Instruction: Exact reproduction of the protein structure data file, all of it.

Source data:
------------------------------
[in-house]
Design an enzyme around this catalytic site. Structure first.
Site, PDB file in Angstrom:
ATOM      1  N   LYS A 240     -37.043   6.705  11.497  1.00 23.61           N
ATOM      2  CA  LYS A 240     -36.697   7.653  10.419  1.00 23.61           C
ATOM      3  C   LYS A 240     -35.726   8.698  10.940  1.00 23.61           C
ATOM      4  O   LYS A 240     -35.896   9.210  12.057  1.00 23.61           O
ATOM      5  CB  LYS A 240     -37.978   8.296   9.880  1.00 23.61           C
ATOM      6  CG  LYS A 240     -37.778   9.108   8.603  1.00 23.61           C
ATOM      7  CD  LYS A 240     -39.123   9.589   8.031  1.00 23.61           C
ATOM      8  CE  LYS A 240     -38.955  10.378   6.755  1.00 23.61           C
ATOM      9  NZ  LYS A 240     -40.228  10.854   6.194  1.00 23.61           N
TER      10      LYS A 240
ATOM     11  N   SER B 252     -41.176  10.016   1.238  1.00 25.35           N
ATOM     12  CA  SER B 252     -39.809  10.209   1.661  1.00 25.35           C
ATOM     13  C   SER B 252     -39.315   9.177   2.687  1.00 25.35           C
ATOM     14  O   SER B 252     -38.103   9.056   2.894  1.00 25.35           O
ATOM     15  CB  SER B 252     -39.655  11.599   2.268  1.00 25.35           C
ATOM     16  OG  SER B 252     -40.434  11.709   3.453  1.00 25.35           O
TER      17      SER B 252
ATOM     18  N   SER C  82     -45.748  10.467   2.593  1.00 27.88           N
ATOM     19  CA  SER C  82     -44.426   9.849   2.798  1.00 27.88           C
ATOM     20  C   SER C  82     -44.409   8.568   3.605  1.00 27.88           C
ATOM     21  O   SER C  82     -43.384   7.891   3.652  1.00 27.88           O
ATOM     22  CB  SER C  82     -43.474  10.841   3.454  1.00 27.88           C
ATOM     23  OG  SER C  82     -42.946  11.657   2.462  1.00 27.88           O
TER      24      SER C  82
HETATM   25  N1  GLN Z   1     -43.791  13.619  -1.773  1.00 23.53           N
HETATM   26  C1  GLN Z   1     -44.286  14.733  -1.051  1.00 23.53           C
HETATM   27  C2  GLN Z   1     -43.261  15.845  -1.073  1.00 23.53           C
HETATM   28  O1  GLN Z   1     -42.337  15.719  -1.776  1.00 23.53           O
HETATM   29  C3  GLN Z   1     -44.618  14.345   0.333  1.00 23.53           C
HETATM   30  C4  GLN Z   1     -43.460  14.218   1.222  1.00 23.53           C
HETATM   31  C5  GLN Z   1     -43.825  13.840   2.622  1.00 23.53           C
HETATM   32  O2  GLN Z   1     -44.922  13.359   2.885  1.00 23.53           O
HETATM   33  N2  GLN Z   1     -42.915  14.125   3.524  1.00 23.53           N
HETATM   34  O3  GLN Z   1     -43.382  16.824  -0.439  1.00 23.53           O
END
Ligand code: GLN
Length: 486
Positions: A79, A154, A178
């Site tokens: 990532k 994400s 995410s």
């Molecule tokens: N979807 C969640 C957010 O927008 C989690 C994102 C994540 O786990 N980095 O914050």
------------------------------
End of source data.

[in-house]
Design an enzyme around this catalytic site. Structure first.
Site, PDB file in Angstrom:
ATOM      1  N   LYS A 240     -37.043   6.705  11.497  1.00 23.61           N
ATOM      2  CA  LYS A 240     -36.697   7.653  10.419  1.00 23.61           C
ATOM      3  C   LYS A 240     -35.726   8.698  10.940  1.00 23.61           C
ATOM      4  O   LYS A 240     -35.896   9.210  12.057  1.00 23.61           O
ATOM      5  CB  LYS A 240     -37.978   8.296   9.880  1.00 23.61           C
ATOM      6  CG  LYS A 240     -37.778   9.108   8.603  1.00 23.61           C
ATOM      7  CD  LYS A 240     -39.123   9.589   8.031  1.00 23.61           C
ATOM      8  CE  LYS A 240     -38.955  10.378   6.755  1.00 23.61           C
ATOM      9  NZ  LYS A 240     -40.228  10.854   6.194  1.00 23.61           N
TER      10      LYS A 240
ATOM     11  N   SER B 252     -41.176  10.016   1.238  1.00 25.35           N
ATOM     12  CA  SER B 252     -39.809  10.209   1.661  1.00 25.35           C
ATOM     13  C   SER B 252     -39.315   9.177   2.687  1.00 25.35           C
ATOM     14  O   SER B 252     -38.103   9.056   2.894  1.00 25.35           O
ATOM     15  CB  SER B 252     -39.655  11.599   2.268  1.00 25.35           C
ATOM     16  OG  SER B 252     -40.434  11.709   3.453  1.00 25.35           O
TER      17      SER B 252
ATOM     18  N   SER C  82     -45.748  10.467   2.593  1.00 27.88           N
ATOM     19  CA  SER C  82     -44.426   9.849   2.798  1.00 27.88           C
ATOM     20  C   SER C  82     -44.409   8.568   3.605  1.00 27.88           C
ATOM     21  O   SER C  82     -43.384   7.891   3.652  1.00 27.88           O
ATOM     22  CB  SER C  82     -43.474  10.841   3.454  1.00 27.88           C
ATOM     23  OG  SER C  82     -42.946  11.657   2.462  1.00 27.88           O
TER      24      SER C  82
HETATM   25  N1  GLN Z   1     -43.791  13.619  -1.773  1.00 23.53           N
HETATM   26  C1  GLN Z   1     -44.286  14.733  -1.051  1.00 23.53           C
HETATM   27  C2  GLN Z   1     -43.261  15.845  -1.073  1.00 23.53           C
HETATM   28  O1  GLN Z   1     -42.337  15.719  -1.776  1.00 23.53           O
HETATM   29  C3  GLN Z   1     -44.618  14.345   0.333  1.00 23.53           C
HETATM   30  C4  GLN Z   1     -43.460  14.218   1.222  1.00 23.53           C
HETATM   31  C5  GLN Z   1     -43.825  13.840   2.622  1.00 23.53           C
HETATM   32  O2  GLN Z   1     -44.922  13.359   2.885  1.00 23.53           O
HETATM   33  N2  GLN Z   1     -42.915  14.125   3.524  1.00 23.53           N
HETATM   34  O3  GLN Z   1     -43.382  16.824  -0.439  1.00 23.53           O
END
Ligand code: GLN
Length: 486
Positions: A79, A154, A178
């Site tokens: 990532k 994400s 995410s």
């Molecule tokens: N979807 C969640 C957010 O927008 C989690 C994102 C994540 O786990 N980095 O914050």